President Trump and Republicans on Capitol Hill have said they hope to pass sweeping changes to the tax code by the end of December, a move they believe will create more good-paying jobs and supercharge economic growth. Lowering the corporate tax rate, the GOP leaders assert, will inspire firms to invest and hire more. And in a controversial report, a top White House economist claimed the tax plan would cause workers to see thousands of dollars more per year.

"People are going to be very excited when they see their paycheck bigger," White House economic council director Gary Cohn said about the president's tax plan during a Friday interview with Fox Business.

The White House's predictions for the economic affects greatly outstrip those of most mainstream economists.

Many analysts say it's difficult to predict how companies would react to a tax cut, saying many may make moves that have little to do with economic stimulus or increased salaries. This week, Home Depot announced it would use some of its surplus billions to buy back shares of its own stock, a decision that will enrich top executives, and analysts predict other companies will make similar moves if offered a tax windfall.

"Historically, when you see tax cuts, there's been no strong correlation there," said Scott Anderson, chief economist at Bank of the West. "In my view, if I'm a CEO and I'm seeing tax cuts for my organization, I might give those tax cuts back to shareholders."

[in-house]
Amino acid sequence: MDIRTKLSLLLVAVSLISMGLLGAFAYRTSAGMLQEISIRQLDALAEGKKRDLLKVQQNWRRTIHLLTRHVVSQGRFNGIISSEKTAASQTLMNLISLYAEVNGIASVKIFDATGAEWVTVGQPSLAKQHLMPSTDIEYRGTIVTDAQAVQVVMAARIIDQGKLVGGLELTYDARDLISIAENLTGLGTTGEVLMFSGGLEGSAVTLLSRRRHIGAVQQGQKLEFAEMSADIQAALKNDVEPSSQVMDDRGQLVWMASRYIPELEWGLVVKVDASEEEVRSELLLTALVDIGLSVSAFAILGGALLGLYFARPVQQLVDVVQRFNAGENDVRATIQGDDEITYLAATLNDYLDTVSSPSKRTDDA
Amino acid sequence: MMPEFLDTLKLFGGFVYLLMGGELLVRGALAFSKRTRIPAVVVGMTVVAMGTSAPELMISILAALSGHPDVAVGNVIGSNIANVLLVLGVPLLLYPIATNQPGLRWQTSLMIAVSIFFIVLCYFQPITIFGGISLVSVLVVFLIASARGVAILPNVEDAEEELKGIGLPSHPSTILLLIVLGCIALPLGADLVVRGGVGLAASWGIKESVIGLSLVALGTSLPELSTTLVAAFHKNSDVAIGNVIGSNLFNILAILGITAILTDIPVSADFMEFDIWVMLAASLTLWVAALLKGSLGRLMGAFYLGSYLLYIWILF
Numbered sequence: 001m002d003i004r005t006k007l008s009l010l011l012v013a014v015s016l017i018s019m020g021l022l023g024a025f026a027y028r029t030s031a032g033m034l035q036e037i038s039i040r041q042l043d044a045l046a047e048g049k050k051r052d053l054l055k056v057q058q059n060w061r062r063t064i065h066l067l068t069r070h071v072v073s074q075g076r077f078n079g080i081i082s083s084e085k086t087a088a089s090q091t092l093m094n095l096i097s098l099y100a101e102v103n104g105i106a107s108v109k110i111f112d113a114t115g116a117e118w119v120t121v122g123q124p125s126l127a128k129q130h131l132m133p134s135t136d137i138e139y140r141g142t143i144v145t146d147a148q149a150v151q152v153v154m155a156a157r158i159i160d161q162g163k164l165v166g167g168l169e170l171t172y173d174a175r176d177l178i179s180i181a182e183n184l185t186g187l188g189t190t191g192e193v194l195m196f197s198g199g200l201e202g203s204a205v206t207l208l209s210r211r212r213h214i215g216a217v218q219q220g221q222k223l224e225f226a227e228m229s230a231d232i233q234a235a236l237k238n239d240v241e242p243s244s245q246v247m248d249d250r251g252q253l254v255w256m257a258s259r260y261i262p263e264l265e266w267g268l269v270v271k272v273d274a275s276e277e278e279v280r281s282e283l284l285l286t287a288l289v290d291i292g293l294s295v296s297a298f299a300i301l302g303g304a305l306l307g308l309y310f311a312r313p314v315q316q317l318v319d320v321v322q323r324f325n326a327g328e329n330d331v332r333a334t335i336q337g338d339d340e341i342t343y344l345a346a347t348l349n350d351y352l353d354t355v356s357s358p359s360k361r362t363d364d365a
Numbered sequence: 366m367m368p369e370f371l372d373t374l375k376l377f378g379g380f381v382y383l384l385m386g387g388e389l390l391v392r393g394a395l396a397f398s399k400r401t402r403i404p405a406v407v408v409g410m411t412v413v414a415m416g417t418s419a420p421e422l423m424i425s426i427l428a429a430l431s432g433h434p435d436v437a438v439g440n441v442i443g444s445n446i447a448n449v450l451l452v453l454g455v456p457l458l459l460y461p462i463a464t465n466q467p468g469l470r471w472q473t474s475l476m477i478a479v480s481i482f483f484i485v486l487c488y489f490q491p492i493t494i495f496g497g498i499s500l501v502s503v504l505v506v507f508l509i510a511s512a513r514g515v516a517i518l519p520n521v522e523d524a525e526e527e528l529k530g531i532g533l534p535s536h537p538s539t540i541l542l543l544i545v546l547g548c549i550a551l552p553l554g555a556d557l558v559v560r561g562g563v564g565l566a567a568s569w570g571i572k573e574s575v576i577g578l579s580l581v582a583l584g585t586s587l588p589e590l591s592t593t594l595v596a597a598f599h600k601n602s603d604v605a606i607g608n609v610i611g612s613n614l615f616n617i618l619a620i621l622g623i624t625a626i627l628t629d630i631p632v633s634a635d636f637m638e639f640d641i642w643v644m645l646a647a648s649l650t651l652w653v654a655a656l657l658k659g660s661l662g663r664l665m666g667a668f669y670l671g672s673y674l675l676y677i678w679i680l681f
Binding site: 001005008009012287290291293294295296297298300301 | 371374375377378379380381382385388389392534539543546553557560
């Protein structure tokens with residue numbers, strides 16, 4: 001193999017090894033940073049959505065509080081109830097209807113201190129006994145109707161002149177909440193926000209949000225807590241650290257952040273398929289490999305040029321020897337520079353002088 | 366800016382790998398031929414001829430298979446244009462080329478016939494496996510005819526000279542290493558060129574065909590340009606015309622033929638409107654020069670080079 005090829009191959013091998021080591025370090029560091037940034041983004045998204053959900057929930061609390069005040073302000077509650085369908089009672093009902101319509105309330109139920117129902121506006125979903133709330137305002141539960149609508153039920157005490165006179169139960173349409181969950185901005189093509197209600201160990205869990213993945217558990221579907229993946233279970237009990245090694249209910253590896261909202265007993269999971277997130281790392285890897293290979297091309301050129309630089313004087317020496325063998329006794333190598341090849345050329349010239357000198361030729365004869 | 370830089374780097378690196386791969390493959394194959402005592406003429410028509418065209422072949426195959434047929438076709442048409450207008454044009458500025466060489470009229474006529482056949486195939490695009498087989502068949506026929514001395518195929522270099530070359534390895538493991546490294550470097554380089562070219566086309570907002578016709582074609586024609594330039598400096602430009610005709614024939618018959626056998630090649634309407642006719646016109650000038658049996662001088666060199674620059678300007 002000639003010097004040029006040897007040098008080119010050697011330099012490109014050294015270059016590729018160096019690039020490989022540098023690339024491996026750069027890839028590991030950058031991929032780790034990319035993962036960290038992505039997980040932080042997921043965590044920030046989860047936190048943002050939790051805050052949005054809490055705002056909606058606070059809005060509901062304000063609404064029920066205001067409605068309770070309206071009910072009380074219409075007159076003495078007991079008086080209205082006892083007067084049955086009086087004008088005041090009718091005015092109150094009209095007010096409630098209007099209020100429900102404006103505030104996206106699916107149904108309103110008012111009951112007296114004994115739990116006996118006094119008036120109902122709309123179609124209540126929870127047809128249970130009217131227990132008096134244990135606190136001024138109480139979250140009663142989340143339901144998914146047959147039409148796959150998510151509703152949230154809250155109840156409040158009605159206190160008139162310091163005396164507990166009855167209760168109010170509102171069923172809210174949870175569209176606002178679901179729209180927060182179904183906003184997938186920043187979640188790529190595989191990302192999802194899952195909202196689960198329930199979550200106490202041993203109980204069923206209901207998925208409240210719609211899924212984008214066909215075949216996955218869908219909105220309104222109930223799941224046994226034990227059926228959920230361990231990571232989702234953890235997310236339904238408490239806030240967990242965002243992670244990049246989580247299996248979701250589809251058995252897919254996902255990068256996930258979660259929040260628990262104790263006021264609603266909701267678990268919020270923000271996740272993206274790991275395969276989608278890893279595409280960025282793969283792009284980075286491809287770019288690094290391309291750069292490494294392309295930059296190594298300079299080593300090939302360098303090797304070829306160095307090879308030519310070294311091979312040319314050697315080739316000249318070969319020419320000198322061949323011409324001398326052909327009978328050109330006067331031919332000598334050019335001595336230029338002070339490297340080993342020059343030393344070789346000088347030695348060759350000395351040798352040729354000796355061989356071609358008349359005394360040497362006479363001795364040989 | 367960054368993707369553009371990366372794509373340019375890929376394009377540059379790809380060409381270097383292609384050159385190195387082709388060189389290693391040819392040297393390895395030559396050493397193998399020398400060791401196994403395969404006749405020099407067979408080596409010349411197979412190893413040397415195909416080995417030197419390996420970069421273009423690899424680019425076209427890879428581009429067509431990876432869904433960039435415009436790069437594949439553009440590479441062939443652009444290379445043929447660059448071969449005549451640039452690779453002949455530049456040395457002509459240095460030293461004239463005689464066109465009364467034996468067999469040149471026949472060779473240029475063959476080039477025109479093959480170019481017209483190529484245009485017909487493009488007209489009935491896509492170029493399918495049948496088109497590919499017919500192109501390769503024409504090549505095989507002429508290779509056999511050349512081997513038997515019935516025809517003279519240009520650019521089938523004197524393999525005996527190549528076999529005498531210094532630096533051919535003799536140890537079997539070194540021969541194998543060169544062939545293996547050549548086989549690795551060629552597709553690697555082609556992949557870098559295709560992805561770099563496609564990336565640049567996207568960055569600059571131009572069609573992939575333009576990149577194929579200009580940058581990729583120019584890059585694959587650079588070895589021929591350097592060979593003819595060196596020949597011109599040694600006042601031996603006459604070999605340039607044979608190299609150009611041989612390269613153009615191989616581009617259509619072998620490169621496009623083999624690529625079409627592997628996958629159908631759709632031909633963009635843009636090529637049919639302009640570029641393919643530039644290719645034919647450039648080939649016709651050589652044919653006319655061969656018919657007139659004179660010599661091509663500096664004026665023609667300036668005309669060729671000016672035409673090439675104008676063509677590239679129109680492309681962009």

The economy added 228,000 jobs in November, government economists reported Friday, maintaining a streak of growth that took off during President Barack Obama's first term and kept pace through Trump's first year in office. Monthly job gains have averaged out at 174,000 in 2017 and 187,000 in 2016, according to the Bureau of Labor Statistics.

Dan North, chief economist at Euler Hermes North America, a global credit insurance company, said the rising demand for workers at firms across the country lately isn't enough to significantly increase paychecks.

"Workers should get a share in that increase," North said, but "we also have labor coming back in off the sidelines."

Productivity growth remains low, he said, inching up at an average annual rate of 1.2 percent over the last eight years, compared with its historic rate of 2.1 percent from 1974 to 2017, government numbers show.

Plus, the jobs growing most quickly in the United States offer some of the nation's lowest wages. The home health aide industry, paying workers about $22,000 per year, will produce an estimated 425,600 positions by 2026.

Manufacturing continued to grow last month, adding 31,000 jobs including 8,000 in machinery, 7,000 in metal products, 4,000 in computer goods and 4,000 in plastic and rubber wares. That's on top of 24,000 new manufacturing positions created in October after no growth in September.

Healthcare also showed strong expansion, the government data show. Ambulatory health-care services, which includes doctors' offices and outpatient recovery centers, saw an increase of 25,000 jobs. Construction jobs surged by 23,000.

"November's jobs report shows steady growth fueled by optimism about the pro-growth, pro-jobs policies being advanced by President Trump's Administration," Acosta said Friday in his statement. "Since January, the economy has added 1.7 million jobs."